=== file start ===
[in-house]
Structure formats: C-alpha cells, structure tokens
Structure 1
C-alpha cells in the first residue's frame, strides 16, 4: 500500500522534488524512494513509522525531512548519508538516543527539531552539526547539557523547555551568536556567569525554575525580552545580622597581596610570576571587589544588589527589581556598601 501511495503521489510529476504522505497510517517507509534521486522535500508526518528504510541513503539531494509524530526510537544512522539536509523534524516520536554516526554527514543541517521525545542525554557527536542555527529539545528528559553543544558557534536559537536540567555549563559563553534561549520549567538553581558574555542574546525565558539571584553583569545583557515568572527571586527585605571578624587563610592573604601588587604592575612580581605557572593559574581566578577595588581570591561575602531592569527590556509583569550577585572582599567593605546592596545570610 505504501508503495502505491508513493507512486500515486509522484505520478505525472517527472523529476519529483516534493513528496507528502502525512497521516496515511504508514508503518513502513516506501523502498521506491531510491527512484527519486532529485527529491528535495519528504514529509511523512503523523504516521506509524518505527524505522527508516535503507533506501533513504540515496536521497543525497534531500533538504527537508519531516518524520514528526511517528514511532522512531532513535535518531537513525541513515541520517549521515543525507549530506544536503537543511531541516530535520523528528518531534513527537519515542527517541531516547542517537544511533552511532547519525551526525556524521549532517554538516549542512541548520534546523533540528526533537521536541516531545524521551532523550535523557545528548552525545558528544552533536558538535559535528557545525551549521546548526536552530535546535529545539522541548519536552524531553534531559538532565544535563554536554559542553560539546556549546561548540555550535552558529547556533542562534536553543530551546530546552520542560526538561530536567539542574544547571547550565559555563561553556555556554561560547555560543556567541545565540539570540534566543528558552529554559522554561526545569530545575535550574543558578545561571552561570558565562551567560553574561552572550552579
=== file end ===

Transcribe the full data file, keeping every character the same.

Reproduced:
[in-house]
Structure formats: C-alpha cells, structure tokens
Structure 1
C-alpha cells in the first residue's frame, strides 16, 4: 500500500522534488524512494513509522525531512548519508538516543527539531552539526547539557523547555551568536556567569525554575525580552545580622597581596610570576571587589544588589527589581556598601 501511495503521489510529476504522505497510517517507509534521486522535500508526518528504510541513503539531494509524530526510537544512522539536509523534524516520536554516526554527514543541517521525545542525554557527536542555527529539545528528559553543544558557534536559537536540567555549563559563553534561549520549567538553581558574555542574546525565558539571584553583569545583557515568572527571586527585605571578624587563610592573604601588587604592575612580581605557572593559574581566578577595588581570591561575602531592569527590556509583569550577585572582599567593605546592596545570610 505504501508503495502505491508513493507512486500515486509522484505520478505525472517527472523529476519529483516534493513528496507528502502525512497521516496515511504508514508503518513502513516506501523502498521506491531510491527512484527519486532529485527529491528535495519528504514529509511523512503523523504516521506509524518505527524505522527508516535503507533506501533513504540515496536521497543525497534531500533538504527537508519531516518524520514528526511517528514511532522512531532513535535518531537513525541513515541520517549521515543525507549530506544536503537543511531541516530535520523528528518531534513527537519515542527517541531516547542517537544511533552511532547519525551526525556524521549532517554538516549542512541548520534546523533540528526533537521536541516531545524521551532523550535523557545528548552525545558528544552533536558538535559535528557545525551549521546548526536552530535546535529545539522541548519536552524531553534531559538532565544535563554536554559542553560539546556549546561548540555550535552558529547556533542562534536553543530551546530546552520542560526538561530536567539542574544547571547550565559555563561553556555556554561560547555560543556567541545565540539570540534566543528558552529554559522554561526545569530545575535550574543558578545561571552561570558565562551567560553574561552572550552579